After I read this, I’m left with the nagging question about where exactly you disagreed with my previous lengthy post on this in this thread? To me, your post reads as an addendum to mine with contextual on the ground details and seems to largely agree with what my basic point was:

The region isn’t a single region yet, but is working toward becoming that. It’s fine using the MSA number and it is fine using the CSA number, just make sure you throw in some caution and explanation about the numbers you’re comparing.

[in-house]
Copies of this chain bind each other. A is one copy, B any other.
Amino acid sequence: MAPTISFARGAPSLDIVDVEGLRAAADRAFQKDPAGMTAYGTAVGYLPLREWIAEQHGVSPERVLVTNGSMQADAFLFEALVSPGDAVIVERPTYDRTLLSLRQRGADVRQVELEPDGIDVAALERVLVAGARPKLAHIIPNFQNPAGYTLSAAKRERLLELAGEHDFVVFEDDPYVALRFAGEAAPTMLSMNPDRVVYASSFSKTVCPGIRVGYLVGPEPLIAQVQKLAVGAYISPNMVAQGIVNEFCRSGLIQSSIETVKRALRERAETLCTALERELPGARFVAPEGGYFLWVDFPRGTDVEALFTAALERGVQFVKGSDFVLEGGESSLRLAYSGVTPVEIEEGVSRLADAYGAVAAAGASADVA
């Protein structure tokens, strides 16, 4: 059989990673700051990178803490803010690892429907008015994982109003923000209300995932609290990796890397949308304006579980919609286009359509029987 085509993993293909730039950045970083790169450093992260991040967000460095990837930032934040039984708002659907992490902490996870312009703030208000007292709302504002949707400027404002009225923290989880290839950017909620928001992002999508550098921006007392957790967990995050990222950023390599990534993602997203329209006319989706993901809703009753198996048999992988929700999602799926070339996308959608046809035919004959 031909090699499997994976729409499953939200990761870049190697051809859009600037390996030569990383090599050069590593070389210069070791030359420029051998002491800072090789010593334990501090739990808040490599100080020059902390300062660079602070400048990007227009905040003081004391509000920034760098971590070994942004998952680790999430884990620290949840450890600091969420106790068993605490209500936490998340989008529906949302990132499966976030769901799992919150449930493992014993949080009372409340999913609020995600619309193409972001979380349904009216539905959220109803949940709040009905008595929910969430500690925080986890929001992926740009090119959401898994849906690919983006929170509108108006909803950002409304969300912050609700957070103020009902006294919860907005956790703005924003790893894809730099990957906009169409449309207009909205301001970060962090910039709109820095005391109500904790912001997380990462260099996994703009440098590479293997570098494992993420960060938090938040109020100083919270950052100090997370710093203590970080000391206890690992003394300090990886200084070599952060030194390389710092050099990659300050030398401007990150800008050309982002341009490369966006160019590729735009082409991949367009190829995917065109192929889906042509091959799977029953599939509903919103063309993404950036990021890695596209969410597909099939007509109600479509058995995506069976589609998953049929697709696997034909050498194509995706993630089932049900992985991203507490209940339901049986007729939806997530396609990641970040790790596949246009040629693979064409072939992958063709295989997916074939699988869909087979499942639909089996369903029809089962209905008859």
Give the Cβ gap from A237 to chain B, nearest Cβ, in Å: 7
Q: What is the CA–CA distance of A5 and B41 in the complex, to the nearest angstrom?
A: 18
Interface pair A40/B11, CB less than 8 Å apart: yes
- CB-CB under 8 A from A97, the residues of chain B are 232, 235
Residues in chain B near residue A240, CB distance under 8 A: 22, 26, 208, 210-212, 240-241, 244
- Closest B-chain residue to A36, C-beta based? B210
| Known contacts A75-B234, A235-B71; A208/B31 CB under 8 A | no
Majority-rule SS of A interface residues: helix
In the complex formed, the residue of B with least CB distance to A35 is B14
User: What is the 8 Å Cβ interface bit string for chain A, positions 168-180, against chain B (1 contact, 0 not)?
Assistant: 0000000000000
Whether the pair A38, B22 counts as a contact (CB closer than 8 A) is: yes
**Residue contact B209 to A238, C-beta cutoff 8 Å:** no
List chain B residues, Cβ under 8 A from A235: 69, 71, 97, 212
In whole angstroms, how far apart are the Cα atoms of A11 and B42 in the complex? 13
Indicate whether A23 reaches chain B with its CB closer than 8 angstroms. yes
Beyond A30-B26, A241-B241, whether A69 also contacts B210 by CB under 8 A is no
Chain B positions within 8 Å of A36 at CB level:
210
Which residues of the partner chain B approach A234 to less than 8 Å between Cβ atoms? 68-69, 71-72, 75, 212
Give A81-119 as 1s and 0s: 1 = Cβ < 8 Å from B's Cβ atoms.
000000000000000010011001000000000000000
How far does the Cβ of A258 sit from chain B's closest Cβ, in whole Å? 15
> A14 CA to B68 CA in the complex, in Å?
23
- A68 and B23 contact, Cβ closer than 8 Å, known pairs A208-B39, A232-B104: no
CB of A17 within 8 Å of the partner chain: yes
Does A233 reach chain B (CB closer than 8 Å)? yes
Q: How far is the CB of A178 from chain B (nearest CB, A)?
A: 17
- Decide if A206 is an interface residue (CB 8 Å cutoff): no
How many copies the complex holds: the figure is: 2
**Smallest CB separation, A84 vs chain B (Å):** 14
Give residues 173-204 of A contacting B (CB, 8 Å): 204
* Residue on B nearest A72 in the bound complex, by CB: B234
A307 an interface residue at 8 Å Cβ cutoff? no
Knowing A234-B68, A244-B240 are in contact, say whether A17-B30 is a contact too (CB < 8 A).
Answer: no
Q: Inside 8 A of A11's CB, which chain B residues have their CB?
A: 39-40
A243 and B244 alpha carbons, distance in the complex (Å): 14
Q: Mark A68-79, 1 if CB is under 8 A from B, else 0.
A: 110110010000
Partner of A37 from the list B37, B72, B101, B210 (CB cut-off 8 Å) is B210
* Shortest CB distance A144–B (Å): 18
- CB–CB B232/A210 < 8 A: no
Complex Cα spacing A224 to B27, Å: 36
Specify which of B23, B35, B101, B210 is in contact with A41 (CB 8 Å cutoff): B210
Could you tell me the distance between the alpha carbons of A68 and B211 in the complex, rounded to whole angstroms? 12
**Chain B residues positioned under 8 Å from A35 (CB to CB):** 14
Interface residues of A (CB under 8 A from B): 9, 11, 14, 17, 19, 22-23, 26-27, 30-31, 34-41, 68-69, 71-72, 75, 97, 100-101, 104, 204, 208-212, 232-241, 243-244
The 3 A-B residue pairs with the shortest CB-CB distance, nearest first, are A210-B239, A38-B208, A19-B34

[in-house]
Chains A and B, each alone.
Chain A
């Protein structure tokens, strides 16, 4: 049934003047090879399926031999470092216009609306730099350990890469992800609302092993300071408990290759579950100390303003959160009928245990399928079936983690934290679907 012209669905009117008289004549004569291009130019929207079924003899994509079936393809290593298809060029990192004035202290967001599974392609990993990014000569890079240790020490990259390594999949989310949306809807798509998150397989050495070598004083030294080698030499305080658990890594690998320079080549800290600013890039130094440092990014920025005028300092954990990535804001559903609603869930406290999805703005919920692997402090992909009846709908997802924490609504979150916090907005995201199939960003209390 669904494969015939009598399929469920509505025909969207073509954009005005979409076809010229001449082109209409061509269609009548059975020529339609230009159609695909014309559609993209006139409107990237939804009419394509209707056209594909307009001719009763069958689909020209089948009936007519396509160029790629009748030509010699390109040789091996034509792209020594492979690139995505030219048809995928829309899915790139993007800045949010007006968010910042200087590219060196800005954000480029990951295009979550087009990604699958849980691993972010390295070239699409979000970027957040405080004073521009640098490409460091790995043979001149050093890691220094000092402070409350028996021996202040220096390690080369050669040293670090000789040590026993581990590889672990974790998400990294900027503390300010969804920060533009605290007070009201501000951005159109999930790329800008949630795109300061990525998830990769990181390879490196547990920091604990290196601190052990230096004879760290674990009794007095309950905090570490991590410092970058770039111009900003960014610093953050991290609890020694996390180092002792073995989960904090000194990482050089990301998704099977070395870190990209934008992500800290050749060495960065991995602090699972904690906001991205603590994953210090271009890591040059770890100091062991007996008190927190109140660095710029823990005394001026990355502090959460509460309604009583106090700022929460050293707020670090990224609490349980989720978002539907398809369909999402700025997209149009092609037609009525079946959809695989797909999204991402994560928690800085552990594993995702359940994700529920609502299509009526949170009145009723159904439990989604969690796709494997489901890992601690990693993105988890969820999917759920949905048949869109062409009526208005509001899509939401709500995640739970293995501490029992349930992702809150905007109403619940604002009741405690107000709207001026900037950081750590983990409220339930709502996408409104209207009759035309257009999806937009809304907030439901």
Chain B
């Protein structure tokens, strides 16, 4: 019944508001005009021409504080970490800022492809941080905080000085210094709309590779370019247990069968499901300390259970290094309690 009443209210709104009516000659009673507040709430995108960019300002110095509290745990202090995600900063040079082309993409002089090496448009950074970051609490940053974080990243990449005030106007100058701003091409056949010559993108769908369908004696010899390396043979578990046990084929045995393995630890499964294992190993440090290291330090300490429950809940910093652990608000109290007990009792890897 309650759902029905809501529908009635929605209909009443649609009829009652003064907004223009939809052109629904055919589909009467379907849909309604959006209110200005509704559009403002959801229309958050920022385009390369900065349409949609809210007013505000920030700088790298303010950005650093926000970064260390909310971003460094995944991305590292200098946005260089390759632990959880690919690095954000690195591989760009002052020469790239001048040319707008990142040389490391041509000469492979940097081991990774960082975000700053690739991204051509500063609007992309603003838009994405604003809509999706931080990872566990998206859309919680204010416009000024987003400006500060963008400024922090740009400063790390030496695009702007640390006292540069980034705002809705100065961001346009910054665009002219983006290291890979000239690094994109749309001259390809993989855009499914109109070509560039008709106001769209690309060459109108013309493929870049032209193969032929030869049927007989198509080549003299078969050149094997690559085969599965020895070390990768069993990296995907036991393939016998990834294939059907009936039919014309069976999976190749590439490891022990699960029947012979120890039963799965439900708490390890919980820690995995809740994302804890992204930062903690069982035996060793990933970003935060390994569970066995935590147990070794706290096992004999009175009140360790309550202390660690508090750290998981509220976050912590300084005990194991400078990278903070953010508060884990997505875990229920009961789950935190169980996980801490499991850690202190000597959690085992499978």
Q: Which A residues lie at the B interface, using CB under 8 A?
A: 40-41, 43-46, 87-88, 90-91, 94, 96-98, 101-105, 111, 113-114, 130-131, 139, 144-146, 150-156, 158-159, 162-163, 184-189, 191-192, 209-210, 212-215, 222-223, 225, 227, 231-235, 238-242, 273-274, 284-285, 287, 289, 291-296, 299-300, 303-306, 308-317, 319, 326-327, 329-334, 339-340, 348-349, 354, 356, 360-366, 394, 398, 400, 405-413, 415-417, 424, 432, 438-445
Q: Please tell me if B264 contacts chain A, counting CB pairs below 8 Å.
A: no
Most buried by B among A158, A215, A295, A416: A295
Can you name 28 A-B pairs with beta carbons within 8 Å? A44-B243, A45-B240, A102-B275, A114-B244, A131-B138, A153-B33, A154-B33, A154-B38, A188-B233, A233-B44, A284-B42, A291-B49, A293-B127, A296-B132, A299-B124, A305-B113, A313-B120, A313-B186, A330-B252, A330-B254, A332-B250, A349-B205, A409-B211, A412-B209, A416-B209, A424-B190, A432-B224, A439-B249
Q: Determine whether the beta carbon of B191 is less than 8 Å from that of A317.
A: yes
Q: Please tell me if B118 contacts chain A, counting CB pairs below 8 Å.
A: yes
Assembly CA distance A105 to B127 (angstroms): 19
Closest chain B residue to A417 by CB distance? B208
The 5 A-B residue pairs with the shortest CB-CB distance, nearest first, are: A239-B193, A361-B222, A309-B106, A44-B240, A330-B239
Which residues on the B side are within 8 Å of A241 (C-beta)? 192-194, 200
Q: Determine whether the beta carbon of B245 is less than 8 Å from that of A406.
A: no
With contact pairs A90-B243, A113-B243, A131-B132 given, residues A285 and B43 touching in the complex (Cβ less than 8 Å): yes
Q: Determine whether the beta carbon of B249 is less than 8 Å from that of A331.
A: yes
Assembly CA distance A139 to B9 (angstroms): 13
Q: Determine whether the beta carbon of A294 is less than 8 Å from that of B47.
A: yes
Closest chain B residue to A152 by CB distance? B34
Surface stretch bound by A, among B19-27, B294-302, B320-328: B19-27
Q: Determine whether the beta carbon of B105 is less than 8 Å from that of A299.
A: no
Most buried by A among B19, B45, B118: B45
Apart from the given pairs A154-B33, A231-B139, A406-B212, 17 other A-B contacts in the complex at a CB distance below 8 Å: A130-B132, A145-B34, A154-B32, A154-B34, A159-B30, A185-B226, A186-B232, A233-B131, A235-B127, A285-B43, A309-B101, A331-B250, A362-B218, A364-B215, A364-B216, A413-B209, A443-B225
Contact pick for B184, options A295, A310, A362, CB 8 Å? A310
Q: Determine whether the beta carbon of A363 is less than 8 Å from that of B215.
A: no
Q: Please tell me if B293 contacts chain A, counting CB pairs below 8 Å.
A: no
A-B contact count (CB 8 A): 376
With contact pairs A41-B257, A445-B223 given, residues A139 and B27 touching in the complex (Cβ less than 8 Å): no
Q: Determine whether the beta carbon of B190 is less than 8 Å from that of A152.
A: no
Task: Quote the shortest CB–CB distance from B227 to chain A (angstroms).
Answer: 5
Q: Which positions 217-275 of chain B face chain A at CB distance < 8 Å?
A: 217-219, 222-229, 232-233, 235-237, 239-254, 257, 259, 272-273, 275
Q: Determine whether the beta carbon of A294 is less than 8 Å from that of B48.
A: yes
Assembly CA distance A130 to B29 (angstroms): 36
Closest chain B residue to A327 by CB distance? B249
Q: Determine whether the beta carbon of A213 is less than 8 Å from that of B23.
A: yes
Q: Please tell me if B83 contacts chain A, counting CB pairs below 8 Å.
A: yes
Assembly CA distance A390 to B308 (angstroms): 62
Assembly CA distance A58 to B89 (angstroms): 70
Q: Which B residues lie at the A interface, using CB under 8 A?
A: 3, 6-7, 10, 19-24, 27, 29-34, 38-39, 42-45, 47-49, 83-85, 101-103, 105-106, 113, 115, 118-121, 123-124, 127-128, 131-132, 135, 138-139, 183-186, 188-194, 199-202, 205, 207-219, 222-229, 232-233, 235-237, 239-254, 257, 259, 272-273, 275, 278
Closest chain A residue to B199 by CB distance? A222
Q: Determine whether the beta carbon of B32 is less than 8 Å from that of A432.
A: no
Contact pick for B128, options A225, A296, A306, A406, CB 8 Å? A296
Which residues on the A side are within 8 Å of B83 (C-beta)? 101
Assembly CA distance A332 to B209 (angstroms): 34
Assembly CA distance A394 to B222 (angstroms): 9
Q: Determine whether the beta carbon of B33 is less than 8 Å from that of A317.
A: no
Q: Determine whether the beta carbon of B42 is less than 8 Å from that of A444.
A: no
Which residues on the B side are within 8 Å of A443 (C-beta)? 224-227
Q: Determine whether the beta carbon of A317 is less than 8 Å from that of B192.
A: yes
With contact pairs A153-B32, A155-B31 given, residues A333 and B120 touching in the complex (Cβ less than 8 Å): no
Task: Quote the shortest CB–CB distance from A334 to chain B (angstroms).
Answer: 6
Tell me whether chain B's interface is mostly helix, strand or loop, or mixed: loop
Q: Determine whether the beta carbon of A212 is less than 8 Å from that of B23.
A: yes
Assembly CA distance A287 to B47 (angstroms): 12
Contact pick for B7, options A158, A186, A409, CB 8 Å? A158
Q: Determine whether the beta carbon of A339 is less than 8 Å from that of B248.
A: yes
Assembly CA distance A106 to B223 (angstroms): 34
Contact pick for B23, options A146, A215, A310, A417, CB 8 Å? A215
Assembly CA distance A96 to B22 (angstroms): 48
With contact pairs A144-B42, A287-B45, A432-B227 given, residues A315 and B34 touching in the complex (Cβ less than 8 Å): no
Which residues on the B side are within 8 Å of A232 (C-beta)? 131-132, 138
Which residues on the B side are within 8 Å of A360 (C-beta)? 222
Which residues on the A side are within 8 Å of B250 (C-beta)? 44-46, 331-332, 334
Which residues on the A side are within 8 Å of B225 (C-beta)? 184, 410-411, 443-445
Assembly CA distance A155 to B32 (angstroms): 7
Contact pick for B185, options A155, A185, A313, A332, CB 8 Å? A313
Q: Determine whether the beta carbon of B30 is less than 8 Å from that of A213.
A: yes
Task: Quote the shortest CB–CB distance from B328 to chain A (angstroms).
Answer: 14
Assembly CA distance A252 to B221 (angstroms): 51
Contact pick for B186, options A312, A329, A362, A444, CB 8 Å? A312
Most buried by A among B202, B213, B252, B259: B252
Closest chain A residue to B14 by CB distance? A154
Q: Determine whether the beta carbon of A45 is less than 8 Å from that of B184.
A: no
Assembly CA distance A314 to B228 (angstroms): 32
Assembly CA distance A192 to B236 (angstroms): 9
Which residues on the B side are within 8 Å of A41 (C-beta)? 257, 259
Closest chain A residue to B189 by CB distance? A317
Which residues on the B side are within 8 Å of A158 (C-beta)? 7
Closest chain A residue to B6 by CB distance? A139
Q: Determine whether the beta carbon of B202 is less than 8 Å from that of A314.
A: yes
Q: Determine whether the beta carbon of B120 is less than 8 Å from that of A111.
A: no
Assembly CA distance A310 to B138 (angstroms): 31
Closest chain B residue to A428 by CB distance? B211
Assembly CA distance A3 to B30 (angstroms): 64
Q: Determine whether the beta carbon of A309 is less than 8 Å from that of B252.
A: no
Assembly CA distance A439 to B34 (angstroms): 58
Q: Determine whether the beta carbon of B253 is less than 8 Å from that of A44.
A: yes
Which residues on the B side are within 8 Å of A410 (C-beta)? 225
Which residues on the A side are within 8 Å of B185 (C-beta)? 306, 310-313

Edit:

Don’t get me wrong. I thoroughly enjoyed your post and am glad to have read the perspective. It adds to my understanding, definitely. I just think the bolded part at first blush implies you disagreed with me as well (or didn’t see my comment, or thought I wasn’t taking the same middle approach... idk) but the context suggests you at least partially agreed with me and I’m hoping you can draw out your disagreements with me specifically (to the extent there are some) more explicitly so I can readjust my own thinking a bit more than I already have (in part due to you).

Further edit:

Yes, I know I’m overthinking it.